Thursday, December 10, 2015

REVIEW | YA FANTASY | Beastly Bones by William Ritter
Beastly Bones by William Ritter
Publication Year: 2015
Genre: YA, Historical Fantasy
Series:Jackaby #2
Awards: None
Format: eBook (from Library)
Narrator: NA

Why?: I absolutely adored the first book in this series, Jackaby, when I read it earlier this year.

Beastly Bones starts not too long after the end of Jackaby.  Abigail Rook is settling into her job as Jackaby's assistant and fellow investigator of the strange and supernatural in the town of New Fiddleham, New England.  In the small town of Gad's Valley a little way from New Fiddleham, Jackaby and Abigail are called upon to investigate dinosaur bones that are mysteriously disappearing.  Abigail's background in paleontology makes her gung ho to look into it, not to mention that it would mean a reunion with the the handsome policeman Charlie, but Jackaby isn't interested until a violent death in Gad's Valley displays a connection with a current case.

After my absolute gushing about Jackaby, this is going to be a comparatively lukewarm review but it was really a good follow up. However, I don't have too much to say about it.  If I have a complaint it is that it perhaps did not carry Abigail and Jackaby forward very much or develop them any further.  There are some interesting and mysterious changes with their ghostly land lady, Jenny but there is not a lot of time spent on that development in this installment. I predict it will be a major part of a future book.  Anyway, the minimal character development with the two leads is not a huge problem as they are both pretty charming, Jackaby in particular with all his Doctor Who/Sherlock Holmes tendencies.  He's one of those characters that appears completely out of touch with reality when in fact he often sees things in a much truer light than most other more "normal" people.  He's also very funny.  When I highlight quotes they are almost always his:

“So often,” Jackaby said, “people think that when we arrive at a crossroads, we can choose only one path, but—as I have often and articulately postulated—people are stupid. We’re not walking the path. We are the path. We are all of the roads and all of the intersections. Of course you can choose both.”
“Miss Rook,” he said, “the greatest figures in history are never the ones who avoid failure, but those who march chin-up through countless failures, one after the next, until they come upon the occasional victory.” He put a hand on my shoulder. “Failure is not the opposite of success—it’s a part of it.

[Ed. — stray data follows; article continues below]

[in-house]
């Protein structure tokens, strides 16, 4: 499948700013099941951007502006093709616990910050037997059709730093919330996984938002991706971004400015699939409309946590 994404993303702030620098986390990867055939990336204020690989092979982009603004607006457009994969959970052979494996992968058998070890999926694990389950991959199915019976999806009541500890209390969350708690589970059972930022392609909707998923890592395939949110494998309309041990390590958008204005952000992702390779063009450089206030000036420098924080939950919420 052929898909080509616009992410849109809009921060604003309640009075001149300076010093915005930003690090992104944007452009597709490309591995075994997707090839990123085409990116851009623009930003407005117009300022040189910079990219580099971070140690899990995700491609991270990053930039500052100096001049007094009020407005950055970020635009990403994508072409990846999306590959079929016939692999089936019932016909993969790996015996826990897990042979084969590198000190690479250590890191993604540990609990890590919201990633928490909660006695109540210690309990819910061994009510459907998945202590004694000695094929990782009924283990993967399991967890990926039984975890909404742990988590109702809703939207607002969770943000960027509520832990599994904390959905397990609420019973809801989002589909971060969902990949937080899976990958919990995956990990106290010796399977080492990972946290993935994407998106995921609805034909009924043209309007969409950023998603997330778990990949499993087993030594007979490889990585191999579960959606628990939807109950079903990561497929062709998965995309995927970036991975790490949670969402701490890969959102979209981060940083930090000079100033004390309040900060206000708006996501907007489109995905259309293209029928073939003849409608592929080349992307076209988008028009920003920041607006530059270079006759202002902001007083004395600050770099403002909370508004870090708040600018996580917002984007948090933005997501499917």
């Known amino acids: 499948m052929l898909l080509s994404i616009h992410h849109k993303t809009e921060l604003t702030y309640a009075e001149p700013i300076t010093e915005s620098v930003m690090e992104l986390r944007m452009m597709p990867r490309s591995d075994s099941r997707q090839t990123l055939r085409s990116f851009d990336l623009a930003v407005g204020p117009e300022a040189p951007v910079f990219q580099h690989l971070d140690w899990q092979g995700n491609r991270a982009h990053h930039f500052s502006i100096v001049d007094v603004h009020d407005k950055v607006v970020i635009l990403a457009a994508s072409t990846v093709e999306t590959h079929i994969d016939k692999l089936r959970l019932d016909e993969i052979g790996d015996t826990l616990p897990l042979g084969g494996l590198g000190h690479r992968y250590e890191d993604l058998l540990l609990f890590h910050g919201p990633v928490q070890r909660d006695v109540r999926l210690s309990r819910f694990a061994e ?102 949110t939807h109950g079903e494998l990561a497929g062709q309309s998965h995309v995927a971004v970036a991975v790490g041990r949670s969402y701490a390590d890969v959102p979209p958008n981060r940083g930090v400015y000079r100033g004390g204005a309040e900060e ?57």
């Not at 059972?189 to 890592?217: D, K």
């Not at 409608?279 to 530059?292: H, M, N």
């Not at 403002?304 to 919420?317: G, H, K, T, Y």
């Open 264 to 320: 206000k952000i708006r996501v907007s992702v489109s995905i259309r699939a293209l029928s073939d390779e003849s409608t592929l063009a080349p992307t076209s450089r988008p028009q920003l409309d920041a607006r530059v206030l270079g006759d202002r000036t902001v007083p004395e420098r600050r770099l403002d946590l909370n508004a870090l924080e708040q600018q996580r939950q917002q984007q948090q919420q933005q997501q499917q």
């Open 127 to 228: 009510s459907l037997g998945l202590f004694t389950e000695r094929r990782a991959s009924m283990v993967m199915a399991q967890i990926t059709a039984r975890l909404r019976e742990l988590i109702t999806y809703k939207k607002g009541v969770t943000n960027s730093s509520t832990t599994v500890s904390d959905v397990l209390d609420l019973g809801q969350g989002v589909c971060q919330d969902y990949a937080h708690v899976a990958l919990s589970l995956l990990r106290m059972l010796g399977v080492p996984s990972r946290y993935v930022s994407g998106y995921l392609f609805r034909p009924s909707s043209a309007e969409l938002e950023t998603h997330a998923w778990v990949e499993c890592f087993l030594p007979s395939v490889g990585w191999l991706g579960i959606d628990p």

"It is troubling to consider a criminal manufacturing paranormal mayhem. How long has he been at it? Did he orchestrate the reclusive redcap’s rise to become a predator in public office? Plant the swarm of brownies on the mayor’s lawn? Promote adoption of the Dewey decimal system in libraries across the continent? It’s the not knowing I find most irksome.” “The Dewey decimal system?” “It’s gaining popularity. I don’t trust it.”
I mean who does trust the Dewey Decimal System? of librarians. *Ahem* Another slight weakness of the book for me is that Jackaby does often feel a little sidelined and I wanted a little more of him. 

The story is a lot of fun especially for anyone who likes a bit of paleontology from time to time. It starts however with kittens that are morphing into fish. Interesting but not as compelling, for Abigail, as dinosaur bones.  Lucky for her, Jackaby finally agrees to leave the animorphs behind to go chase disappearing dinosaur bones and they find mysterious creatures lurking in the woods.  The books take place in the Victorian era when looking for dinosaur bones was quite the swashbuckling affair and this book provides us with two warring paleontologists as well as an eager and sassy reporter. The colorful cast serve to entertain and confuse the matter as Jackaby and Abigail try to figure out what is going on.  The eventual solution is pretty clever and comes with a dramatic show down.  What more can you ask for from a YA historical, supernatural mystery? 

FINAL VERDICT:  Beastly Bones didn't have quite the verve that Jackaby did but it's a good follow up and I still really enjoyed it.  This series is definitely installed as an auto read for me. 3 out of 5 stars.
Other Opinions: Kirkus Reviews | Mugglenet | The Novel Hermit | Books With Chemistry

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